The same affinity goes for electronic devices; the weird stuff interests me. That’s why I recently acquired a Memorex Scannocular from an eBay auction.”[…]
Mario, I must say that I had never heard of the Scannocular–what an intriguing piece of kit! It sounds like a decent performer (especially for $26!). I’m surprised it actually has a proper BNC connector for an external antenna.
I just searched eBay, but had no luck finding a set of Scannoculars. Perhaps there’s been an increase in popularity–other members of the “bohemian brigade” who decided the Scannocular is the only item they’ll need to stand out among other race fans!
I always enjoy your articles and reviews, Mario! Thanks for sharing!
Many thanks to Chris Smolinski, at Black Cat Systems, who recently announced new mySdrPlayback features:
I’ve released a new beta of mySdrPlayback, which is a Mac app that lets you easily go through SDR recording files. It works with recording files produced by SdrDx and SpectraVue, as well as Perseus.
This version adds a DGPS decoder that decodes from every DGPS channel in parallel, looking for messages. Makes it super easy to DX DGPS stations, just record overnight, then run the recordings through the app in the morning, and you get a list of all of the decoded messages from the various stations.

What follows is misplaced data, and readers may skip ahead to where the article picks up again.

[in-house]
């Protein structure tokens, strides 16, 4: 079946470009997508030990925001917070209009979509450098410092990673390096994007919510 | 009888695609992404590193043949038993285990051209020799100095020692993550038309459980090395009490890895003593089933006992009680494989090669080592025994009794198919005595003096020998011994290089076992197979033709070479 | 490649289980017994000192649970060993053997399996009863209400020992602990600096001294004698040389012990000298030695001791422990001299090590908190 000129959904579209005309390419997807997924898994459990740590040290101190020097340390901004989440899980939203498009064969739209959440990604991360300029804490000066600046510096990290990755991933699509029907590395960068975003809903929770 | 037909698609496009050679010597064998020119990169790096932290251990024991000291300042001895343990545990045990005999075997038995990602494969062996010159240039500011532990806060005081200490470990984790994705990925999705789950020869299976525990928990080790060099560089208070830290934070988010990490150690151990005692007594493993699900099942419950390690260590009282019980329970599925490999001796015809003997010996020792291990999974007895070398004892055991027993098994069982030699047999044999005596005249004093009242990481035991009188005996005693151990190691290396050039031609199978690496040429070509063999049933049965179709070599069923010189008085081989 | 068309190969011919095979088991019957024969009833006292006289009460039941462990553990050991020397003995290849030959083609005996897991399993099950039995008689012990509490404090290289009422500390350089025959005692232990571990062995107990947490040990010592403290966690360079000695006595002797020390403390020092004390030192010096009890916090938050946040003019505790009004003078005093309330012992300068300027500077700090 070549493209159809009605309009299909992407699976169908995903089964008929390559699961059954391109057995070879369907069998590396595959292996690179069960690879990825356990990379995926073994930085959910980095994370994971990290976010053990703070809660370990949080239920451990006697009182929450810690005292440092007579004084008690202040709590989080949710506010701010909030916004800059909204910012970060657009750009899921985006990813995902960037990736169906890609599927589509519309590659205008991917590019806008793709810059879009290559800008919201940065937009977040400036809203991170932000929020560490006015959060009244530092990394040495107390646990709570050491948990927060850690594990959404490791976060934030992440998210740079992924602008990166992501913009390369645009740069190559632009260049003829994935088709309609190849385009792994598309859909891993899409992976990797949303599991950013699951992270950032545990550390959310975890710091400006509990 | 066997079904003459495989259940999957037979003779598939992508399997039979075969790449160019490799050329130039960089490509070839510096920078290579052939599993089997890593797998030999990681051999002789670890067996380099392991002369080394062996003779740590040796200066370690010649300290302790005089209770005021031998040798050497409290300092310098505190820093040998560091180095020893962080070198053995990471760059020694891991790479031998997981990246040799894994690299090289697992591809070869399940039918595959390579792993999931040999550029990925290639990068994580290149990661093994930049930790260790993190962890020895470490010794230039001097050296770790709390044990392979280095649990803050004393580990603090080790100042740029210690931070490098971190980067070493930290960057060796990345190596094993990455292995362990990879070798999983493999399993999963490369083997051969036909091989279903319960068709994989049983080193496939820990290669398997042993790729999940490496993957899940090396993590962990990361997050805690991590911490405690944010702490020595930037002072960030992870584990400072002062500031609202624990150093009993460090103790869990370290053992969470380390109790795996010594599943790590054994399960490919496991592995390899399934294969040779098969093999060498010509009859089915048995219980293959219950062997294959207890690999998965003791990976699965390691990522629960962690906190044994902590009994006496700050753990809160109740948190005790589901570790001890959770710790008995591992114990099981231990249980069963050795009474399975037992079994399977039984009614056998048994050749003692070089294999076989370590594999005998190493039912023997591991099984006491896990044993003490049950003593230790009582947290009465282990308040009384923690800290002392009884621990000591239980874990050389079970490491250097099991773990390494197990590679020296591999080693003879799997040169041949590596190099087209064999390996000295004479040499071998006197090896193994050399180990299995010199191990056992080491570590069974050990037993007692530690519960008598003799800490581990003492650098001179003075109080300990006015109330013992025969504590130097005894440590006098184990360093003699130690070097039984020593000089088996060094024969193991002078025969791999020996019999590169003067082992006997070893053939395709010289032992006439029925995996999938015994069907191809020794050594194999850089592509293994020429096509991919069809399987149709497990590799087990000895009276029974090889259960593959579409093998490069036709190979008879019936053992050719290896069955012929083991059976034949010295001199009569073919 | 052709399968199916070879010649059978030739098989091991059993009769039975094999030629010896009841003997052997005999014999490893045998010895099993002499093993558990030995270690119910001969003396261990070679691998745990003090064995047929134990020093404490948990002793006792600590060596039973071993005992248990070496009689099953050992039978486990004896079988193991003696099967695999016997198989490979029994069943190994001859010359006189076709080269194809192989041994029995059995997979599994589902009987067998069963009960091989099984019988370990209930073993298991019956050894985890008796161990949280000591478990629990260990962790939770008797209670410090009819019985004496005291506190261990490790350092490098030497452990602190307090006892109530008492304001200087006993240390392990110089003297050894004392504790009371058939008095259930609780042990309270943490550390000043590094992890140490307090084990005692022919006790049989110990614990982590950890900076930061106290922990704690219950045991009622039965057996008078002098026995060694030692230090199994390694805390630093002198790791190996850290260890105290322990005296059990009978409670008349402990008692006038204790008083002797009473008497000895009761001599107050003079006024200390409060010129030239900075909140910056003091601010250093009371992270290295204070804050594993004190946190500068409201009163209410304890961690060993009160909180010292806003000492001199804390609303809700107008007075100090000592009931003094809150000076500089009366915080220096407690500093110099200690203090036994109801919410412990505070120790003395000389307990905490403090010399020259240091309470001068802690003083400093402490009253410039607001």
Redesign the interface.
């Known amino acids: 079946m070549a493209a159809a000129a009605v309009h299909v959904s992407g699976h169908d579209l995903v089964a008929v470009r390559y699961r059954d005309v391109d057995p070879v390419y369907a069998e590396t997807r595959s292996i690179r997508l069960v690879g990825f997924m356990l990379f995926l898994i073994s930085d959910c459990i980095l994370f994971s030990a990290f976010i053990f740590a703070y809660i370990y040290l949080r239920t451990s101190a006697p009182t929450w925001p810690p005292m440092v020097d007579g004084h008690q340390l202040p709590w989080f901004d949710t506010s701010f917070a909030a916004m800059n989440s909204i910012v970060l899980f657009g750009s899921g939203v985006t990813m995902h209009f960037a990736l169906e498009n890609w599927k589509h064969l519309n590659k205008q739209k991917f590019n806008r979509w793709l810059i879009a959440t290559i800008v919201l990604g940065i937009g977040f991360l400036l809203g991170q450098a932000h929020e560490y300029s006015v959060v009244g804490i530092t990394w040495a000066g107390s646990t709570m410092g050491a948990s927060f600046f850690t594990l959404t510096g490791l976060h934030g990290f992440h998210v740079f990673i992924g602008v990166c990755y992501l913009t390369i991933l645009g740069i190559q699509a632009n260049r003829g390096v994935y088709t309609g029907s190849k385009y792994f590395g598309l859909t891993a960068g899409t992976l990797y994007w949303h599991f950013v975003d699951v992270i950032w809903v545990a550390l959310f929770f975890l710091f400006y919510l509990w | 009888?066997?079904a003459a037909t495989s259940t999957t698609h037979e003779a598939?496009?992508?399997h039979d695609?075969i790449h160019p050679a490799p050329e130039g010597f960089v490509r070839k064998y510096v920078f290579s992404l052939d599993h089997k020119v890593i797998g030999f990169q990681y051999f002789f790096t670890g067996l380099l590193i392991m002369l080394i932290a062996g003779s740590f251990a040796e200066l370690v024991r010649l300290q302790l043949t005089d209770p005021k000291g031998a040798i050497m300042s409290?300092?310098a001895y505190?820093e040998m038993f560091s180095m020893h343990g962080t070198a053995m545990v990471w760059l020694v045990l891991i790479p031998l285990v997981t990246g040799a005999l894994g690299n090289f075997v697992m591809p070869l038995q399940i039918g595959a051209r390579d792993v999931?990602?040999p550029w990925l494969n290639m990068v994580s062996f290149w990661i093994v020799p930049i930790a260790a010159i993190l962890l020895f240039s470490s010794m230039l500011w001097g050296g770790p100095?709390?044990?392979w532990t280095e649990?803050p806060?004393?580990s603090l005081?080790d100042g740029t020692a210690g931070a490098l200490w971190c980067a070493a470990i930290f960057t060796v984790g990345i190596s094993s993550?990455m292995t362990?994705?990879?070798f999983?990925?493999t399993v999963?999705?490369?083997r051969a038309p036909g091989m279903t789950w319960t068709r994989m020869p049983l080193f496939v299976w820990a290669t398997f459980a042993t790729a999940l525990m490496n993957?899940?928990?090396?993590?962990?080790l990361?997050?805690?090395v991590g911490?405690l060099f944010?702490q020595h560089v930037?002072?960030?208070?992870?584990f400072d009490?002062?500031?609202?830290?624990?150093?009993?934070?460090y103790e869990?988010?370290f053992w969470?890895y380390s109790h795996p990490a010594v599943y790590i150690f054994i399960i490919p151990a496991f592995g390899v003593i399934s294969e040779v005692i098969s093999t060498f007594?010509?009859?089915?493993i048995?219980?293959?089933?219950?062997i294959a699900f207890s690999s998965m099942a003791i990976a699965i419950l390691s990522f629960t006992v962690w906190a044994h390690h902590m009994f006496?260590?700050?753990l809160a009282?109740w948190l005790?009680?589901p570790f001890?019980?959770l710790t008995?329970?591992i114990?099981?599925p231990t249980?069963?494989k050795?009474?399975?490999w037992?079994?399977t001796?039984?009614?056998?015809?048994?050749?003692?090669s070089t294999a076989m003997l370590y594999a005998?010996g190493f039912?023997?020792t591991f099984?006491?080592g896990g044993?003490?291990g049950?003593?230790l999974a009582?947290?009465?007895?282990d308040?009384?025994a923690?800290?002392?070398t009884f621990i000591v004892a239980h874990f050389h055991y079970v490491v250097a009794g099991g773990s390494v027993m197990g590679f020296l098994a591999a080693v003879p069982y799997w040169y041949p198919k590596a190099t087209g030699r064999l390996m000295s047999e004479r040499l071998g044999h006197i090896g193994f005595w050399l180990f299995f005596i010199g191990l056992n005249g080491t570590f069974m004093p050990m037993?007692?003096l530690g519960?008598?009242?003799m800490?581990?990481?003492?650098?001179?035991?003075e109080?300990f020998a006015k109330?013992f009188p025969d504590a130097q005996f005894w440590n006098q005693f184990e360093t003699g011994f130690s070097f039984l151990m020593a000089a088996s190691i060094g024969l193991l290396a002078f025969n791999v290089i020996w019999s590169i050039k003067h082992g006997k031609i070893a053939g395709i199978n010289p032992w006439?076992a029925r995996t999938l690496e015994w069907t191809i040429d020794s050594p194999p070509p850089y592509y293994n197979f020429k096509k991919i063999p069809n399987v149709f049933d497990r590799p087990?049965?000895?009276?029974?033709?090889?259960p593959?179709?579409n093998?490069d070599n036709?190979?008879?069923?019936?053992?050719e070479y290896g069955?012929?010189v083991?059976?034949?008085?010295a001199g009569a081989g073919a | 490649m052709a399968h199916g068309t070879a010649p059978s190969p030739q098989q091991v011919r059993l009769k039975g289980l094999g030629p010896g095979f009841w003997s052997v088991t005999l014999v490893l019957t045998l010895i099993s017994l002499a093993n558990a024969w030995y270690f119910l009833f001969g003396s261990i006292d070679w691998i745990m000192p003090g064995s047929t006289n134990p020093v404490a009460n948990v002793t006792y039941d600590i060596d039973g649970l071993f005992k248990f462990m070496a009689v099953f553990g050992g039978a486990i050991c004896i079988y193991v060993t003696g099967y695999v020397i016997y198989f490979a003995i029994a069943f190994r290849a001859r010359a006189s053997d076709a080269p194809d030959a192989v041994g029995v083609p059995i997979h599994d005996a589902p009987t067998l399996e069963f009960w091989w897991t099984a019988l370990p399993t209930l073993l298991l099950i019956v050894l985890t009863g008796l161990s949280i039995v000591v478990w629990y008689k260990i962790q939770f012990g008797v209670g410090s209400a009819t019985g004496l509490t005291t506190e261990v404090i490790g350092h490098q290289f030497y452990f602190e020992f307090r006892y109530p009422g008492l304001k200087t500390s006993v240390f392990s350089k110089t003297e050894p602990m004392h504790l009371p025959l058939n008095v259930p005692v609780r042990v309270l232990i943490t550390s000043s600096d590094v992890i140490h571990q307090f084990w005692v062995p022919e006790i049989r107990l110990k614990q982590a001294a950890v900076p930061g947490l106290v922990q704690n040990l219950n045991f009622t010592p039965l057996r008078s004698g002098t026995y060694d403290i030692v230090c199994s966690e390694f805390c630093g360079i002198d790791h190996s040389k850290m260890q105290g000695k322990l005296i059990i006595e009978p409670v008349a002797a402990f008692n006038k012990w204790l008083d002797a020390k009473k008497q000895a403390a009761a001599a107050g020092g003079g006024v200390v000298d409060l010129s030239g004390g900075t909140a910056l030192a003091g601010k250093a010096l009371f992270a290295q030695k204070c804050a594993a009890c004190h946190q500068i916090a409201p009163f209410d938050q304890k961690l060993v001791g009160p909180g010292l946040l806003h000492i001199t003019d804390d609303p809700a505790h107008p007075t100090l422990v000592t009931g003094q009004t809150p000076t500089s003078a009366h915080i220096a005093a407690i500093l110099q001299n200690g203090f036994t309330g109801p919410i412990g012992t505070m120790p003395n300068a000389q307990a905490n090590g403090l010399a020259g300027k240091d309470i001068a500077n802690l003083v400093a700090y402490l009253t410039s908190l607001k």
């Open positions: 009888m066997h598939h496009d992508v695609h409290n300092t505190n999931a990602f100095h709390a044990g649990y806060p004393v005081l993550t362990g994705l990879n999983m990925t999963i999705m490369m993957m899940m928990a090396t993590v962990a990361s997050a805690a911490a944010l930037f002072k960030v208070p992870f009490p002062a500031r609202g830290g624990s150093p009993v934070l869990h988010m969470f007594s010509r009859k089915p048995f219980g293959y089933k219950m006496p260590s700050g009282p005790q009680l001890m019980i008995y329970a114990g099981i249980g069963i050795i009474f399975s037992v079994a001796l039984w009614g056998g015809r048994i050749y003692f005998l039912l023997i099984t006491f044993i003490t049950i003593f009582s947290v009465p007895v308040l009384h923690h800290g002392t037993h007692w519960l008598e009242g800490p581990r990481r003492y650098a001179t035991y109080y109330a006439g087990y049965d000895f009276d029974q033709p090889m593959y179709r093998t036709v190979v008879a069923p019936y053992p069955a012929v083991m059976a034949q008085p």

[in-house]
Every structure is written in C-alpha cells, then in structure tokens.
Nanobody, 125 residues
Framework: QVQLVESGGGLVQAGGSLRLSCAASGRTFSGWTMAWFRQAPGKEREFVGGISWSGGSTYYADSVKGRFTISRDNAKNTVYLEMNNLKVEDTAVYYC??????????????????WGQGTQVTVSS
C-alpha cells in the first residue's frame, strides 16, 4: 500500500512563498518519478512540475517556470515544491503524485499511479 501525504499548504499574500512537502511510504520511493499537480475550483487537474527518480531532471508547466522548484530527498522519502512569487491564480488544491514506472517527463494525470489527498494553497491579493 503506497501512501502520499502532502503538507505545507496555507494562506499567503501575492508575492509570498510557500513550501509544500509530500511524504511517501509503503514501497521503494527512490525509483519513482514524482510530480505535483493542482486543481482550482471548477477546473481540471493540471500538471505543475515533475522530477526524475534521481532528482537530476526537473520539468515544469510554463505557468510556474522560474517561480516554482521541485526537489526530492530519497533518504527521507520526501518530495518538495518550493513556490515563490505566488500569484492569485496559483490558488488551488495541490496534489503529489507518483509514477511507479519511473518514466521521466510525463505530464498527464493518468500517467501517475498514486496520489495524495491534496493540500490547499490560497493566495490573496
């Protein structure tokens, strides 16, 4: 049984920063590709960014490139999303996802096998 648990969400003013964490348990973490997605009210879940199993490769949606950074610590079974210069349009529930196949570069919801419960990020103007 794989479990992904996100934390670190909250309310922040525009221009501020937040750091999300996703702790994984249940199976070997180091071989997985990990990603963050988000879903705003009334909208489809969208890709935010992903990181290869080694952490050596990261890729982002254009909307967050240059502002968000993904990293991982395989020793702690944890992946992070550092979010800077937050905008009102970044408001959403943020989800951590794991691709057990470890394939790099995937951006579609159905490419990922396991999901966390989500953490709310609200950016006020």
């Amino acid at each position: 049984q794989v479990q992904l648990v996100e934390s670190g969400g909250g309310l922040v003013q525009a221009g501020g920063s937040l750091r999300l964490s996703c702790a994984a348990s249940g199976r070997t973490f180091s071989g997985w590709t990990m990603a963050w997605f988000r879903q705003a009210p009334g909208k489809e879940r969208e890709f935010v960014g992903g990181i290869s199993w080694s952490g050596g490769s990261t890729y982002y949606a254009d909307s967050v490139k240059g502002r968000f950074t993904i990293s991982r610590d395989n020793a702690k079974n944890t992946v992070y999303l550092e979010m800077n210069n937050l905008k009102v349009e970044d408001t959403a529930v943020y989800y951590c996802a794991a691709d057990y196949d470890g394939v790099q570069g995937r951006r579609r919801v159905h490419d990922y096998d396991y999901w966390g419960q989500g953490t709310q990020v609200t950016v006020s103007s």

Hi there, I thought I would share some Brazilian shortwave catches with you, obtained using my Sony ICF-2001D receiver and 200 metre experimental longwire. The first is Radio Bandeirantes, Sao Paolo on 9645.4 kHz. This is a station that I’ve only heard once or twice previously, but was received with excellent signal clarity and strength recently, using my deployable longwire antenna. I would rate this station as moderately difficult to receive with reasonable discernibility. The second is Radio Novo Tempo from Campo Grande, on 4894.9 kHz. This station I would rate as difficult to hear with discernible audio. The key is always signal-to-noise, thus moving yourself out of the ubiquitous blanket of QRM most modern environments endure will usually achieve this and of course coupled with sufficient space outdoors to erect a larger antenna will hopefully also improve signal strength. My final video on this post is Radio Nacional Brazilia on 6180 kHz. I would regard this station as quite easy to hear well; their effective TX power towards Europe is around 2 MW, however, outdoors, this station can literally boom in, with what might be perceived as local-AM signal strength. I hope you enjoy watching the videos and seeing/ hearing what’s possible with a modest set-up. As for the Sony ICF-2001D? Well the design is more than 30 years old, but in my opinion at least, still one of the very best portable shortwave receivers ever manufactured. Thanks and 73.
Clint Gouveia is the author of this post and a regular contributor to the SWLing Post. Clint actively publishes videos of his shortwave radio excursions on his YouTube channel: Oxford Shortwave Log. Clint is based in Oxfordshire, England.